Debunking common misperceptions about Canada’s COVID Alert app

Countries around the world are using apps to help limit the spread of COVID-19. While many Canadians are using Canada’s COVID Alert app, others are holding out – and it could be putting your community at risk. Here, we break down some myths that may be preventing you from downloading the app.

Does it work?

Every day, whenever it has an internet connection, your phone will get a list of random codes from people who reported a diagnosis. If it finds codes that match, the app notifies you that you may have been exposed and explains what to do next. The effectiveness of the app depends on people installing it and reporting their diagnosis if they test positive.

Is my privacy at risk?

The app was built with strong privacy protections in place from the beginning. It doesn’t use GPS or track your location, and it has no way of knowing your name or address, your phone’s contacts, your health information or the health information of anyone you’re near.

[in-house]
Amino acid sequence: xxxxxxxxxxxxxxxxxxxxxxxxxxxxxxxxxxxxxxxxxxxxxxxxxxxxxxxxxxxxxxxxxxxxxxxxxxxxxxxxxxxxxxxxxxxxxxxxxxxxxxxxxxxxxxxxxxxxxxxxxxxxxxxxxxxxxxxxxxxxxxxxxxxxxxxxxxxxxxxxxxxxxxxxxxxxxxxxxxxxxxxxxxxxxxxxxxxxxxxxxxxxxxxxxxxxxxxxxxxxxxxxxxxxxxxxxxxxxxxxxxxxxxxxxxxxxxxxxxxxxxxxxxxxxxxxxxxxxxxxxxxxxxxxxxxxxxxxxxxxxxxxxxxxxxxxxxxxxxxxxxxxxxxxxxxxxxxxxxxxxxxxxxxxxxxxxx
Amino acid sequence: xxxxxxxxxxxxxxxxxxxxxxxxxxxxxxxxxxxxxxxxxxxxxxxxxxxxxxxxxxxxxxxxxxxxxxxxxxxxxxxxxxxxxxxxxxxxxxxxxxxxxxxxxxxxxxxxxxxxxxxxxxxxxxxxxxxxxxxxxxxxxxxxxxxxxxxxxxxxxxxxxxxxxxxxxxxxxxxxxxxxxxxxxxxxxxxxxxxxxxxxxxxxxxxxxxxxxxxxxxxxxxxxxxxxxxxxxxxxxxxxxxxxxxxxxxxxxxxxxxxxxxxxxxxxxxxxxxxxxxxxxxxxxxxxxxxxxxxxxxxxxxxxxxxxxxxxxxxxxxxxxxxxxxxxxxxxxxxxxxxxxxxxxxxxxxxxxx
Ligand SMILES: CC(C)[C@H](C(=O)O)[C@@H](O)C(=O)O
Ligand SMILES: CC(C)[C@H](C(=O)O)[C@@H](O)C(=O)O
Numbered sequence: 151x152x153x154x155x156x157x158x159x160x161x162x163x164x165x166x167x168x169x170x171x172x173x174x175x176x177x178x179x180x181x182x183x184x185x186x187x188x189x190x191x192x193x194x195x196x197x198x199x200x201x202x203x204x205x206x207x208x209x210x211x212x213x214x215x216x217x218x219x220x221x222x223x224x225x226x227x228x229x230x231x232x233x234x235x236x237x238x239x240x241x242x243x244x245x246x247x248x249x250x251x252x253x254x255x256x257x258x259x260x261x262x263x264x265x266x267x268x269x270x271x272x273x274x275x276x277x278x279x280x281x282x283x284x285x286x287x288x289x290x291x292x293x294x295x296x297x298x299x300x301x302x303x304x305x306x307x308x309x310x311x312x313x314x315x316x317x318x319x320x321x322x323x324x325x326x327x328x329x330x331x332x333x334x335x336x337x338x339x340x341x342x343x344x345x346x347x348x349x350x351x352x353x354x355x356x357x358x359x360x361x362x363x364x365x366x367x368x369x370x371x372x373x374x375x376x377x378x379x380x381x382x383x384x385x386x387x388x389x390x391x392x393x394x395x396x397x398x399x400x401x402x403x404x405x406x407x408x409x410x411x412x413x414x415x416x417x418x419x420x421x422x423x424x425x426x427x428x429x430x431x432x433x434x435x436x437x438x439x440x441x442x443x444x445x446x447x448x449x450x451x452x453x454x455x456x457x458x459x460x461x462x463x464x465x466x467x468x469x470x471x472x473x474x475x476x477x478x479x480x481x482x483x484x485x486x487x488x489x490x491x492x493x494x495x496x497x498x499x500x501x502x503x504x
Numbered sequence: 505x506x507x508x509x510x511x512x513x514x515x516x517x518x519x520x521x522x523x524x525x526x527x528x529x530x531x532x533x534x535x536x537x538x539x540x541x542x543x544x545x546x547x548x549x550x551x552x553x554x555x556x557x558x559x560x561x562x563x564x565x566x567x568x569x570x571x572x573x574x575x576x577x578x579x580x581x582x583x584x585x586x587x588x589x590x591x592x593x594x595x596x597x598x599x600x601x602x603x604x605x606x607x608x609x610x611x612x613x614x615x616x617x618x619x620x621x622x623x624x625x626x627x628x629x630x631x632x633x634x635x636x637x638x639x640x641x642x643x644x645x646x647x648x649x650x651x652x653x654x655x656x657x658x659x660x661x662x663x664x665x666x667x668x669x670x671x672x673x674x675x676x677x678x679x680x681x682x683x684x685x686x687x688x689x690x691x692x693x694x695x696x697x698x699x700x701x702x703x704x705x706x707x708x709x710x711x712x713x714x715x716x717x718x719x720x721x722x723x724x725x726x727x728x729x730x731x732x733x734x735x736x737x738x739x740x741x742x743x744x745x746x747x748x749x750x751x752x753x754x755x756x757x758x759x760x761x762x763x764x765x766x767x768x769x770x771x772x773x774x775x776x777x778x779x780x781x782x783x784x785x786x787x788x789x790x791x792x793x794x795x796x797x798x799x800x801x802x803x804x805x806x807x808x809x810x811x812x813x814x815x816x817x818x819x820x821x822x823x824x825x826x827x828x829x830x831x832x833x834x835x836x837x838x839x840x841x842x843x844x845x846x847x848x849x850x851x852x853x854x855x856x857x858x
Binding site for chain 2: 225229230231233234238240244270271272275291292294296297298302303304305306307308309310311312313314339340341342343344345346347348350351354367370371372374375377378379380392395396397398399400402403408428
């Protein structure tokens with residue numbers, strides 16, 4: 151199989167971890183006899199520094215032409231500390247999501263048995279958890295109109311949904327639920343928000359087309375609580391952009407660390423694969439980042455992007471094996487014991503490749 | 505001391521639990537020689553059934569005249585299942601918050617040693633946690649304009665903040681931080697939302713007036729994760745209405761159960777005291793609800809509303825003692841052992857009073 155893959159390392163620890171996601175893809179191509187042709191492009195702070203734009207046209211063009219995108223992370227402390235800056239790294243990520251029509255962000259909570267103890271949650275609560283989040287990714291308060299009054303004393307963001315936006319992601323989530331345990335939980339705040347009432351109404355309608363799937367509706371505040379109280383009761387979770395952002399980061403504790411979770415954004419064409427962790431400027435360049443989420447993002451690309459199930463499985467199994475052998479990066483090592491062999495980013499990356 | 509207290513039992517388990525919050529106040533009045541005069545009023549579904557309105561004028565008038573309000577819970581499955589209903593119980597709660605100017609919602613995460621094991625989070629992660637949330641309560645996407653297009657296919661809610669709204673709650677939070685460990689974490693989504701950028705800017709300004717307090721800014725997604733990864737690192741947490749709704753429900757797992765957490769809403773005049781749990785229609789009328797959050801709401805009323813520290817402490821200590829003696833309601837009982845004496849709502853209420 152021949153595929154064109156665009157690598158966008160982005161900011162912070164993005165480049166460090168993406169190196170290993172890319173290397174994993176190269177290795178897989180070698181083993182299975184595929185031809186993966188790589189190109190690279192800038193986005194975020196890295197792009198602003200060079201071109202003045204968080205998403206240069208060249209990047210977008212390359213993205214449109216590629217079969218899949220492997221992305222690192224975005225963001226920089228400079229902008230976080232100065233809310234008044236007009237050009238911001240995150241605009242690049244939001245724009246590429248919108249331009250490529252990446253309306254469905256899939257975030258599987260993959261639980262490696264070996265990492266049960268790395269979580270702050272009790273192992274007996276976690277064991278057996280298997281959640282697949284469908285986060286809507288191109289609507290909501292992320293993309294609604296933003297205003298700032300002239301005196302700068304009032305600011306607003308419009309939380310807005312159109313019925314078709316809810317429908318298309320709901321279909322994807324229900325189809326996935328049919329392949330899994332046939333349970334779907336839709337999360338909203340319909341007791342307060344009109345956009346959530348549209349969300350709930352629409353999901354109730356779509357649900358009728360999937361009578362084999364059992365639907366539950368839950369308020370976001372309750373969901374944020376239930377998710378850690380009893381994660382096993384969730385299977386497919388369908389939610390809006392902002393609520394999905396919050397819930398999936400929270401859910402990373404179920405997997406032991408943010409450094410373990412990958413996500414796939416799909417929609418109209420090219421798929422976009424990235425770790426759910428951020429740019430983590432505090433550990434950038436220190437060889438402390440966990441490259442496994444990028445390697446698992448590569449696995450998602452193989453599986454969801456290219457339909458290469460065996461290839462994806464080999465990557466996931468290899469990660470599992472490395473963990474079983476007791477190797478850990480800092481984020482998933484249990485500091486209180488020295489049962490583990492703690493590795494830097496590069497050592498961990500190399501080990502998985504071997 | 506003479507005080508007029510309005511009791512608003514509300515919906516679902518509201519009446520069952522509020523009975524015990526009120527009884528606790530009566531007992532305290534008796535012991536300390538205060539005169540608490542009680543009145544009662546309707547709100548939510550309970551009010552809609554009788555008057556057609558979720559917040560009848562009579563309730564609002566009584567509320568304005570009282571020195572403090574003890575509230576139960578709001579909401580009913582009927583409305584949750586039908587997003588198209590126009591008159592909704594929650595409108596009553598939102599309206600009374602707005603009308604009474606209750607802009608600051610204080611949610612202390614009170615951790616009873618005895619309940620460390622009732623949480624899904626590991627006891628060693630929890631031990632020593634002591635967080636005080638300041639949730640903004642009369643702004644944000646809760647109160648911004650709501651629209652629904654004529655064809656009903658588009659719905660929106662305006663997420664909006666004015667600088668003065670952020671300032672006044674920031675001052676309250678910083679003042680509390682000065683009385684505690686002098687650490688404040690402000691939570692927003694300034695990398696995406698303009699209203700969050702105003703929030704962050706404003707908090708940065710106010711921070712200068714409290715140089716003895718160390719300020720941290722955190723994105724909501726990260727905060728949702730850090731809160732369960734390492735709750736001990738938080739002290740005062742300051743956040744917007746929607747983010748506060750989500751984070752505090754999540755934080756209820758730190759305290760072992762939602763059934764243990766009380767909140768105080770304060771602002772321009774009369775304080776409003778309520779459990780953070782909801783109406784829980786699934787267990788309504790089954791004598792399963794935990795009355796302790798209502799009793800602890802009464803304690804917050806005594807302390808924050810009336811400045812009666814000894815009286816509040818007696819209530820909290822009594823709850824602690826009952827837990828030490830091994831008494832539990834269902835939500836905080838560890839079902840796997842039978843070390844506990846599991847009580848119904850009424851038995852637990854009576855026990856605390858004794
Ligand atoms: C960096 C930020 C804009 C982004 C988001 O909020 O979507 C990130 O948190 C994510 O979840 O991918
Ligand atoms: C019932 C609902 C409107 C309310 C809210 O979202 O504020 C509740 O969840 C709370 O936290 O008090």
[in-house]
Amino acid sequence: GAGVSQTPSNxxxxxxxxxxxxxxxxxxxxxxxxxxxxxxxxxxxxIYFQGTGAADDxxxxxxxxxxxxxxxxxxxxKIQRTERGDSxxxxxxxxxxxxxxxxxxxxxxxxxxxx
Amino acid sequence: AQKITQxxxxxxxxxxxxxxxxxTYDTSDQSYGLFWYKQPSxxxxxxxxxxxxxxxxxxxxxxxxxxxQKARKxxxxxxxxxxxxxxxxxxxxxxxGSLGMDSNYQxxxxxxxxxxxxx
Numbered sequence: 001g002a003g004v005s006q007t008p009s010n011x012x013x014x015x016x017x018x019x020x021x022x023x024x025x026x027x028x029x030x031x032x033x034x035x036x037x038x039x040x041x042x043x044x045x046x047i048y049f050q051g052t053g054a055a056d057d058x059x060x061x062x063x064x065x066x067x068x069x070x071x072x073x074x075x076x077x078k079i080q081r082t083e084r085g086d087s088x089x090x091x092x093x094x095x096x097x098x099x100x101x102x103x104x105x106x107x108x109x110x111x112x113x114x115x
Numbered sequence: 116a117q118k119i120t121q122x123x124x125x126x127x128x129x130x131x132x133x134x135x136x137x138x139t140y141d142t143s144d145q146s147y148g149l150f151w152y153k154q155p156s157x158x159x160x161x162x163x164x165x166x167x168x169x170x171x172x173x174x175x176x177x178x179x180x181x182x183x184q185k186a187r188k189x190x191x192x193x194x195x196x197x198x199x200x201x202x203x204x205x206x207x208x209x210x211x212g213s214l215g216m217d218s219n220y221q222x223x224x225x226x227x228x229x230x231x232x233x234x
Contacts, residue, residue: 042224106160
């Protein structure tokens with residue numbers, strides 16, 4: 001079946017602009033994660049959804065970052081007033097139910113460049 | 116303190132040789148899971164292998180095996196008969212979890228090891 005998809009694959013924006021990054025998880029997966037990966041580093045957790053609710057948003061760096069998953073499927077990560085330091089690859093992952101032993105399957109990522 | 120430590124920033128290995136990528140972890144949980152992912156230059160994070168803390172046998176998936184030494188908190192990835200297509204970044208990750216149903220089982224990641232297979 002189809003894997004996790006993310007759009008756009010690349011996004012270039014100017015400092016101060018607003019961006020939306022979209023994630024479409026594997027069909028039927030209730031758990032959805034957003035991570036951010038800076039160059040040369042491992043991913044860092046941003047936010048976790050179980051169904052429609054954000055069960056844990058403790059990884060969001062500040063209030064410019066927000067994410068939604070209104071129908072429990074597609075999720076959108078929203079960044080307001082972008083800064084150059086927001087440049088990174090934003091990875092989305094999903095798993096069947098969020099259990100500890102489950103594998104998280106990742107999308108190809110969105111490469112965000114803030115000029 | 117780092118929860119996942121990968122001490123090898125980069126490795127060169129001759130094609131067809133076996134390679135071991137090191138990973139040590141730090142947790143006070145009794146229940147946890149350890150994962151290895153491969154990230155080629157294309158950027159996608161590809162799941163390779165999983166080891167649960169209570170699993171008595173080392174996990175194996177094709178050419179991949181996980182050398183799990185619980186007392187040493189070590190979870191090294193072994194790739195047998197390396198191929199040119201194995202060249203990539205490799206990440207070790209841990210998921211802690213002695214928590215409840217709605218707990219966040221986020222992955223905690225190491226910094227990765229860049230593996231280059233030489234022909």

Nobody will get any information about you or the time you were near them. The app collects random unidentifiable codes that are only stored and used for the purpose of notifying you, or others, of possible COVID-19 exposure. All random codes, whether from your phone or others, are deleted after 15 days.

Can I still use my phone?

The app runs in the background and will not interrupt your activities, so you can continue to make calls, send texts and use other apps. The app simply uses Bluetooth whenever your phone has an internet connection to exchange random codes with nearby phones. It works on Apple or Android phones released within the past five years.

Do I need to take other precautions?

The app is just one part of the public health effort to limit the spread of COVID-19. Always follow all public health guidelines in your area, including wearing a mask or face covering and staying two metres apart from those outside your bubble or social circle. And remember, the app doesn’t replace medical advice. If you get sick, follow your local public health advice, contact your doctor or other health-care provider. (NC)

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